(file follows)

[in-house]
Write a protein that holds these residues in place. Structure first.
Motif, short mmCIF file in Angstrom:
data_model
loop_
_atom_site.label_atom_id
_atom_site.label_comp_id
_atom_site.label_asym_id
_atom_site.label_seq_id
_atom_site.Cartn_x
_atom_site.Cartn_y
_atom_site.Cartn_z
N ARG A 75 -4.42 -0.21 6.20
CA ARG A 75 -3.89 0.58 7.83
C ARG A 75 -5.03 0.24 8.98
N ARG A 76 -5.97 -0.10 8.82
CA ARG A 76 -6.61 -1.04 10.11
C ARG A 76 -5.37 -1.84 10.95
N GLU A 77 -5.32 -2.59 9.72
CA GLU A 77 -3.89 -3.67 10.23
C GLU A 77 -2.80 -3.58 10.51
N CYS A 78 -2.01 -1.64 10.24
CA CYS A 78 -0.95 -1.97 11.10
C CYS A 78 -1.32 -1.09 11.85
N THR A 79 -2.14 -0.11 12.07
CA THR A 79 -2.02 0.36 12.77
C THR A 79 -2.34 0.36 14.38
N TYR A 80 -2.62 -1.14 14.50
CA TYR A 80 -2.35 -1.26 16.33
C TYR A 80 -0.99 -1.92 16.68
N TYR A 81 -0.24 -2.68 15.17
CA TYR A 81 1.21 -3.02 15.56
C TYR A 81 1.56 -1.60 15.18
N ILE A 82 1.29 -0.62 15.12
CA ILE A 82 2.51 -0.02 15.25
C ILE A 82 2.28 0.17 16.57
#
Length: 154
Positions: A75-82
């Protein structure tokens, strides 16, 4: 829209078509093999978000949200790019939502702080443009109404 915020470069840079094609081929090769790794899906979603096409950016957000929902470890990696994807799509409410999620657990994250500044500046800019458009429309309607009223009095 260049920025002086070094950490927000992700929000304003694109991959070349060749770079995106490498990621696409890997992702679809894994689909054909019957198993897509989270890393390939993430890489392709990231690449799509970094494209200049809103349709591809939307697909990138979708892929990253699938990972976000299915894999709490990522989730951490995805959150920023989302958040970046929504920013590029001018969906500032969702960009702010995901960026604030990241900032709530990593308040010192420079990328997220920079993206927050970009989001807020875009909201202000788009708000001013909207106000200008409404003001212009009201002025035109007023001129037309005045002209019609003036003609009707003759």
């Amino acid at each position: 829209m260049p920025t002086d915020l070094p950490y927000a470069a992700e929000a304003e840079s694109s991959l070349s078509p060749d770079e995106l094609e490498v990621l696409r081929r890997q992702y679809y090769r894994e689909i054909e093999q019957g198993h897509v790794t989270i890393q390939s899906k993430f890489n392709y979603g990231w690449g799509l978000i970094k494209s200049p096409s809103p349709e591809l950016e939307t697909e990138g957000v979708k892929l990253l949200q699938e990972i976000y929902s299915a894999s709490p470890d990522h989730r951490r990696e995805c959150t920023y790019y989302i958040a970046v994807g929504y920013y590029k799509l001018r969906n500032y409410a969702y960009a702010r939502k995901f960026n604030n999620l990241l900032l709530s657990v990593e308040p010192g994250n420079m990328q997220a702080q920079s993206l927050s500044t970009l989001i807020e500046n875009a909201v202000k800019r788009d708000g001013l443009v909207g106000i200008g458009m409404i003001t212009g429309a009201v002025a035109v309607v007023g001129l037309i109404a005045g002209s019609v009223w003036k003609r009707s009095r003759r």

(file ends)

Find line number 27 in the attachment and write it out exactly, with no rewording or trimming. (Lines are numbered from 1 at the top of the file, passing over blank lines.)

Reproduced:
C THR A 79 -2.34 0.36 14.38